2 questions, both about balancing force/torque

• achacttn
In summary: For question 2, your calculations are correct, but the answer should be positive since the wire is pulling up, so F1=639 N. In summary, the first question involves finding the horizontal component of the force applied to a gate by the bottom hinge, which is ultimately determined to be 62 N. The second question involves finding the force on the first wire holding up an object, which is determined to be approximately 639 N. These calculations are performed using the equations F=mg and torque = F x perpendicular distance.
achacttn
First question

Homework Statement

A gate is hanging on a fencepost (attached by 2 hinges).
The gate has mass 5.2kg and is 1.7m wide (weight acts down centre of gravity).
Distance between the 2 hinges is 0.7m
Find horizontal component of the force applied to the gate by the bottom hinge.

Homework Equations

F=mg,
Torque = F x perpendicular distance

The Attempt at a Solution

The top hinge exerts a force to the left and the bottom hinge to the right. Since I want to find the force that the bottom one applies, I use the top one as a pivot and try to balance the torque. However, if the gate's weight turns it clockwise, wouldn't the bottom hinge have to exert a force to the left?
I tried an alternative method where I said the overall horizontal forces must be zero, and said the horizontal forces exerted by the hinges were in equal and opposite directions. I tried finding the force exerted by the top hinge (towards the left) by making the bottom one a pivot, so that
Force of top hinge x 0.7m = 5.2kg x g x (1.7/2)
Solving for top hinge force gives 61.88N (g is taken as 9.8). So the bottom hinge must also exert a force of 61.88 but apparently this is not the answer.

Second question

Homework Statement

9.4kg object hung from ceiling using 2 wires. Each wire can hold up to 10kg.
First wire hangs at an angle of 9.08 degrees to the ceiling, and second wire hangs at an angle of 17 degrees to the ceiling. What is force on 1st wire on hanging up object?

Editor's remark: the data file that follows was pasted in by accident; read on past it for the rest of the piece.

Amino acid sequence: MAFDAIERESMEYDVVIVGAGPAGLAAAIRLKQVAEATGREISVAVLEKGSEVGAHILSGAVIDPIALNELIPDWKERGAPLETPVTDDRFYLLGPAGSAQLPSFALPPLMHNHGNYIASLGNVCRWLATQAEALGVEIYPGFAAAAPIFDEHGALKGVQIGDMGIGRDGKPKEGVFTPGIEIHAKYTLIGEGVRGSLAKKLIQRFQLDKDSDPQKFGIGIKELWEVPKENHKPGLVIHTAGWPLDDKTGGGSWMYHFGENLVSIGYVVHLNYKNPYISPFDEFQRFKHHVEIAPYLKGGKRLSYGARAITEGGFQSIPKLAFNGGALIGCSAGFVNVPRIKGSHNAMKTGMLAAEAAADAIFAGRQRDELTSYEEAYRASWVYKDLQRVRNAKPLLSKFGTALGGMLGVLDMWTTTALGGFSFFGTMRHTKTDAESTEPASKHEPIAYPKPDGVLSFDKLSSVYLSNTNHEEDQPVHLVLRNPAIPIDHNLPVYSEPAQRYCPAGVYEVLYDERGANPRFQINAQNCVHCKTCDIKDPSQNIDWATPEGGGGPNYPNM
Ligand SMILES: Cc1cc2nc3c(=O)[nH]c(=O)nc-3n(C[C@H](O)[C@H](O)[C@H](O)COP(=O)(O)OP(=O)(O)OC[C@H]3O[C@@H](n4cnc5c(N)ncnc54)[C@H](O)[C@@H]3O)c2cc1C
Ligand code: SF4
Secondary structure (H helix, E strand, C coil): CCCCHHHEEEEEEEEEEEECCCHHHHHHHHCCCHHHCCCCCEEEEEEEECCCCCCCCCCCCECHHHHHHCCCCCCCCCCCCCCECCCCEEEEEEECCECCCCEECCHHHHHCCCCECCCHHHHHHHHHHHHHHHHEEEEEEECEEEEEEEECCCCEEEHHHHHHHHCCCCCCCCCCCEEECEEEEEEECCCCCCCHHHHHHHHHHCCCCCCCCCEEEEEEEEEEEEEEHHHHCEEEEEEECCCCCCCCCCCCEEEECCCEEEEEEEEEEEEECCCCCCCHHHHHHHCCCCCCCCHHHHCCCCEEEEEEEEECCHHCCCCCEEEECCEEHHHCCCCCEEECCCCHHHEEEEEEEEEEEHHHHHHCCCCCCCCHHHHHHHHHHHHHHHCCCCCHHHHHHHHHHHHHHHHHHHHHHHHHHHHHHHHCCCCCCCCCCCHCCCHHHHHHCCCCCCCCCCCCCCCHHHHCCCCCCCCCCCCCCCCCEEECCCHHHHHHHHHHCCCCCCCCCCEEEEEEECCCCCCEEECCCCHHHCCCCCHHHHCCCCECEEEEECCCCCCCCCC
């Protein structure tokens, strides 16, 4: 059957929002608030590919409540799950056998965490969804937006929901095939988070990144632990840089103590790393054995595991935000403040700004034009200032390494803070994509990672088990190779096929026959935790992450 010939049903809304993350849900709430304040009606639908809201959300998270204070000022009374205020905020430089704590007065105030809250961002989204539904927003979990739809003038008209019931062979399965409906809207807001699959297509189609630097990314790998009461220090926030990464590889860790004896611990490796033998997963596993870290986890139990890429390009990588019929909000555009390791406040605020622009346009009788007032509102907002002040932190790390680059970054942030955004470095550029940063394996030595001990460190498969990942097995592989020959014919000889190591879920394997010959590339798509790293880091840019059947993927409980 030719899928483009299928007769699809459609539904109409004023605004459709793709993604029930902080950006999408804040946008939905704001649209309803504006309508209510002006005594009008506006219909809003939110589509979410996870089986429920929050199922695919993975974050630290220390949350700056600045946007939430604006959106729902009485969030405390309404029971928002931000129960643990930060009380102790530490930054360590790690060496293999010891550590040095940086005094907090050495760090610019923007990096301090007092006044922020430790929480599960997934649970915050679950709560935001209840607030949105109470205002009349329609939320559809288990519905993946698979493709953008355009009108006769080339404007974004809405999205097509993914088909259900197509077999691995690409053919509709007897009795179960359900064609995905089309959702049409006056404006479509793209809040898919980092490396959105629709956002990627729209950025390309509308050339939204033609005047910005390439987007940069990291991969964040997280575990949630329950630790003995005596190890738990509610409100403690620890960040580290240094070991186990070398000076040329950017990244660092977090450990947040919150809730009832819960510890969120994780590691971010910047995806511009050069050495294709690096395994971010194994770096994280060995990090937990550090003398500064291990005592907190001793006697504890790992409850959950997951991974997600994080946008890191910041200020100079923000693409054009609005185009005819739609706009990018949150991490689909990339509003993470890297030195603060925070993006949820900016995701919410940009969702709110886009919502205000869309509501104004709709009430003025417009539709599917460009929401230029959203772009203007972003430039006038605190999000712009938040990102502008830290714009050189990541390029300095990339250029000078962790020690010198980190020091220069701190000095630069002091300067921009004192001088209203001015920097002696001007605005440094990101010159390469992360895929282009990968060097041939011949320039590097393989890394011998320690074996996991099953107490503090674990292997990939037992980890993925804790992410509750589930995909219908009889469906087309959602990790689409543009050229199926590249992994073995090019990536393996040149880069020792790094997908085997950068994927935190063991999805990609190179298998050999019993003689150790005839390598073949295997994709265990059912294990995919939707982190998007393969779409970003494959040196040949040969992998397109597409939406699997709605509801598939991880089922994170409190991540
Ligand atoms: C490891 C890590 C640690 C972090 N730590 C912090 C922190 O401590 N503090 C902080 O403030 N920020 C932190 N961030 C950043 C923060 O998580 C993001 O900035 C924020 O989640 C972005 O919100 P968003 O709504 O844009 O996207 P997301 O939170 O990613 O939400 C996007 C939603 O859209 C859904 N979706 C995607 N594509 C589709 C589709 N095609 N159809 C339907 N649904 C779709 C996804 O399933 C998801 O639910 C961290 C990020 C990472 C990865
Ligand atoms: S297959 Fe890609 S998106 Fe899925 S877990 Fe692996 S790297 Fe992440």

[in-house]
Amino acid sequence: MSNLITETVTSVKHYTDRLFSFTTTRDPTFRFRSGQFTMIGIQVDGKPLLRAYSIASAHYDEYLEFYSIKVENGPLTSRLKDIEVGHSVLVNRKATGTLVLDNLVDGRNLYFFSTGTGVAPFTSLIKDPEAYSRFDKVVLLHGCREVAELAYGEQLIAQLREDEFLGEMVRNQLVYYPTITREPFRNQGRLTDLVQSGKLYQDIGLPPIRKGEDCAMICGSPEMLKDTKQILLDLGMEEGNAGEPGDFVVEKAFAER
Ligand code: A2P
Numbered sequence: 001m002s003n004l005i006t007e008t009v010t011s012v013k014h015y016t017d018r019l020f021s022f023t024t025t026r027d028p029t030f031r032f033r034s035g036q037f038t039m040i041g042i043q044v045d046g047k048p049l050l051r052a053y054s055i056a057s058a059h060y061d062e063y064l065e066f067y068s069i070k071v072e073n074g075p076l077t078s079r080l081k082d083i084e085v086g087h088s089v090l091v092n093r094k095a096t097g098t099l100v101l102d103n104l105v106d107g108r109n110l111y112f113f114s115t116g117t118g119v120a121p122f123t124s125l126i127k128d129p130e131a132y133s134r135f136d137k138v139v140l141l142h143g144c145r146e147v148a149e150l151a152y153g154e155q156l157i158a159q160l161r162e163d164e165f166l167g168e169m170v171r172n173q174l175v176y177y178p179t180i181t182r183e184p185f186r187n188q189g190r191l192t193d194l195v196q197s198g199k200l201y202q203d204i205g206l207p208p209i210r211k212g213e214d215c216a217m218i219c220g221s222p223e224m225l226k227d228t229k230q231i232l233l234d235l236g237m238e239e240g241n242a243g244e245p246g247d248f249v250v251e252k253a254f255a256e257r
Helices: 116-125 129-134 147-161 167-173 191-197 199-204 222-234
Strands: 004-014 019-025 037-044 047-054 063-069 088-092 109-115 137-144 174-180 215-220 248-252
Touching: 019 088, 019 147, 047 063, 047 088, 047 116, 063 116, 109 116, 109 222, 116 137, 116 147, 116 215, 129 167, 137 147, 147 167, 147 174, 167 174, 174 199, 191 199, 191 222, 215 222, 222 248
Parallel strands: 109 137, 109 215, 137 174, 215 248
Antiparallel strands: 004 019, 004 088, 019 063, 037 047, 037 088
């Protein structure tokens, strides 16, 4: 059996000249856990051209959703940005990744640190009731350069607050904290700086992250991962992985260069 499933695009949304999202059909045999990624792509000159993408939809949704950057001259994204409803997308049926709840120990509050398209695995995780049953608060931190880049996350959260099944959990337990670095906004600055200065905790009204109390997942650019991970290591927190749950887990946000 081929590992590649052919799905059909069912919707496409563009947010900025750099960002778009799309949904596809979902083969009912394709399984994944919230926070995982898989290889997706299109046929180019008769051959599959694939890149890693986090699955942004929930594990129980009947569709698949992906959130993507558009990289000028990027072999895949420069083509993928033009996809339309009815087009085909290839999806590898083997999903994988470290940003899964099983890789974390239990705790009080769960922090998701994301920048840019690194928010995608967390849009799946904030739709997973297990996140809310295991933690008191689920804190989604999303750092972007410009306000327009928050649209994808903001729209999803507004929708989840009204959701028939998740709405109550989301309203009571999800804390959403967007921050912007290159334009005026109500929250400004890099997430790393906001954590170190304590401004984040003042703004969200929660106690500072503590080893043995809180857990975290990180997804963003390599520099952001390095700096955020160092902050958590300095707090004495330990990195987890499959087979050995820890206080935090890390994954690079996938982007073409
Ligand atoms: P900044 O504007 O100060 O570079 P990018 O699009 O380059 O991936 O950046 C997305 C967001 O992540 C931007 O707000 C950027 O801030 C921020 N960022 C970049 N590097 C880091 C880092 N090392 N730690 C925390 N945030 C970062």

F=mg
g = 9.8 ms^-2

The Attempt at a Solution

The total vertical force must sum to 0. So the sin of 9.08 x F1 (wire 1) + sin17 x F2 (wire 2) = 9.4 x 9.8.
Also, the horizontal forces must total to 0, so I took F1cos9.08 = F2cos17.
This gave F2 = -F1(cos9.08/cos17), and I substitute this into the F2 of the original equation. When solving for F1, the force is 639.3N, which I'm not sure is the correct answer or not because it seems very high.

question 1 answer looks good, except it should be rounded to 2 sig figs, so F= 62 N. When you take moments about the top hinge instead, the moment due to the weight still produces a cw moment, so the bot hinge force must point right to produce a counteracting ccw moment.

1. How do you calculate the net force on an object?

The net force on an object is calculated by adding up all of the individual forces acting on the object. This can be done using vector addition, where the magnitude and direction of each force is taken into account. The net force is typically measured in units of Newtons (N).

2. What is the difference between balanced and unbalanced forces?

Balanced forces are forces that are equal in magnitude and opposite in direction, resulting in a net force of zero. This means that the object will not accelerate or change its motion. Unbalanced forces, on the other hand, have a net force that is not equal to zero, causing the object to accelerate or change its motion. This is known as Newton's first law of motion.

3. How do you determine the direction of the net force?

The direction of the net force is determined by the direction of the stronger force. If two forces are acting in opposite directions, the net force will be in the direction of the stronger force. If two forces are acting in the same direction, the net force will be in that direction.

4. What is the difference between force and torque?

Force and torque are both measurements of the effect of a force on an object. Force is a straight-line push or pull, while torque is a twisting or turning force. Torque is calculated by multiplying the force by the distance from the pivot point to the point where the force is applied. Force is typically measured in Newtons (N) and torque is measured in Newton-meters (Nm).

5. How do you balance multiple torques acting on an object?

To balance multiple torques, you need to make sure that the sum of all the torques acting on the object is equal to zero. This can be done by adjusting the distance from the pivot point for each force, or by adjusting the magnitude of each force. The object will be in equilibrium when the net torque is equal to zero, meaning it is not rotating or moving.

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